Hydraulic Redistribution through the Root Systems of Senesced Plants

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Ecological Society of America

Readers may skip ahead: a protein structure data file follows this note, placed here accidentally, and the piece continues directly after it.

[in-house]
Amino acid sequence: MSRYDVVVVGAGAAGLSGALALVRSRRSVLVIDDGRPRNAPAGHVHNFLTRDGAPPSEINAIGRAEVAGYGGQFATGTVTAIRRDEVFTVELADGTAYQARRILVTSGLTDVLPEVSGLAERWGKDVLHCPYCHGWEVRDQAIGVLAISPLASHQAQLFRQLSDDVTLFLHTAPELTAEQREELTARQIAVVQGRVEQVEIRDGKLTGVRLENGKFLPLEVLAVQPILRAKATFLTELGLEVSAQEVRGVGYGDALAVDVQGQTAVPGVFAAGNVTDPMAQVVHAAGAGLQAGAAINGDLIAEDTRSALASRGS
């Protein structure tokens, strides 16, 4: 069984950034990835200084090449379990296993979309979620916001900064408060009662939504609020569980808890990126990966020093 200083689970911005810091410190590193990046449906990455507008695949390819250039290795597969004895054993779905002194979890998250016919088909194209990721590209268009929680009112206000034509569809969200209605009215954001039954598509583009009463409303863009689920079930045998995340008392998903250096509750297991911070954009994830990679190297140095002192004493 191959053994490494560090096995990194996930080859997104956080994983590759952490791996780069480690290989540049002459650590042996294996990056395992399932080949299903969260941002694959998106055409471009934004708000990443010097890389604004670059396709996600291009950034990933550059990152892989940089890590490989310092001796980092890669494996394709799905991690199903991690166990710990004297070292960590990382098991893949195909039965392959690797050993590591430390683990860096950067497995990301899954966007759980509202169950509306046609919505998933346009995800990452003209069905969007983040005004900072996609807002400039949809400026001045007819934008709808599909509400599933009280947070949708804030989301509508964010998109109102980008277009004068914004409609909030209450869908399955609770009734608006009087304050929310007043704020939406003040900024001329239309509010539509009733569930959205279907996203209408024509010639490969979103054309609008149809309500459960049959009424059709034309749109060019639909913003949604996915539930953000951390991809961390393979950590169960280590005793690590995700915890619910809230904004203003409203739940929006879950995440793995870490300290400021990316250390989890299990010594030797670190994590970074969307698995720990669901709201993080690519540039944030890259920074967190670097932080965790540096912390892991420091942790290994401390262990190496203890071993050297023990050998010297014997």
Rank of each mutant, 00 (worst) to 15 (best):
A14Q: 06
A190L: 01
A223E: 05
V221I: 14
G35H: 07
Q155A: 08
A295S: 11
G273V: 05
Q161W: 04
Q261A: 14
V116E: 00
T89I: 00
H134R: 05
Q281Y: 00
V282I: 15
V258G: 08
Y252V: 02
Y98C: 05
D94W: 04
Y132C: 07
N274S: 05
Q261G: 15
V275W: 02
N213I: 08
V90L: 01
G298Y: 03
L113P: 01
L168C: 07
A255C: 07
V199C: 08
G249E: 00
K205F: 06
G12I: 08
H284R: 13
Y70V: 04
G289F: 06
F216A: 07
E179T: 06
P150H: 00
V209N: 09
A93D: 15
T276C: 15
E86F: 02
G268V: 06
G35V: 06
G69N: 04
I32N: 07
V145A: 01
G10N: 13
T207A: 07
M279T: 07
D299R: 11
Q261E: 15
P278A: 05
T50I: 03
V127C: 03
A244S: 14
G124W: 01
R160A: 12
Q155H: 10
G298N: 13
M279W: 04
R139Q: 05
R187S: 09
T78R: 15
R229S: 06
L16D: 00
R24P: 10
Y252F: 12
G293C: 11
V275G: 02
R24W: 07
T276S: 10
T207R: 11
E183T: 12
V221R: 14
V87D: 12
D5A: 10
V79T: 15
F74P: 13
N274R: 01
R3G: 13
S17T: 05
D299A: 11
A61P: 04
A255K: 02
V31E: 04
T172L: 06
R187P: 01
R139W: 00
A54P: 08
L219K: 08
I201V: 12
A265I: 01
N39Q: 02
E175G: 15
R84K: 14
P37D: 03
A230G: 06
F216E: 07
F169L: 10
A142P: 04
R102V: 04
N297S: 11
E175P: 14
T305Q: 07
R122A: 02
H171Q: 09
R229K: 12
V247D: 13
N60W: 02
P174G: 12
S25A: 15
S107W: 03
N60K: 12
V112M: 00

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Hydraulic redistribution, the movement of water from soil layers of higher water potential to layers of lower water potential through the root systems of plants, has been documented in many taxa worldwide. Hydraulic redistribution is influenced principally by physical properties of roots and soils, and it should occur whenever root systems span soil layers of different water potential. Therefore, hydraulic redistribution should occur through the root systems of plants with aboveground tissue removed or through the root systems of fully senesced plants as long as roots remain intact and hydrated. We examined our hypothesis in field and greenhouse studies with the annual grass Bromus tectorum. We used soil psychrometry to measure soil water potential and performed 2H-labeling experiments. In the field, following senescence of B. tectorum, we show substantial changes in soil water potential consistent with both upward and downward movement of water through roots. The amount of water redistributed represents a significant proportion of that which can be stored in the rooted zone. We also experimentally demonstrated upward movement of a 2H label by roots of senesced plants and by roots of plants without aboveground tissues. In the greenhouse, we further demonstrated redistribution by senesced individuals using a 2H label. Hydraulic redistribution through the roots of senesced plants should receive further attention because it may have important ecological consequences for soil water recharge, survival of plants through drought, and agricultural practices.


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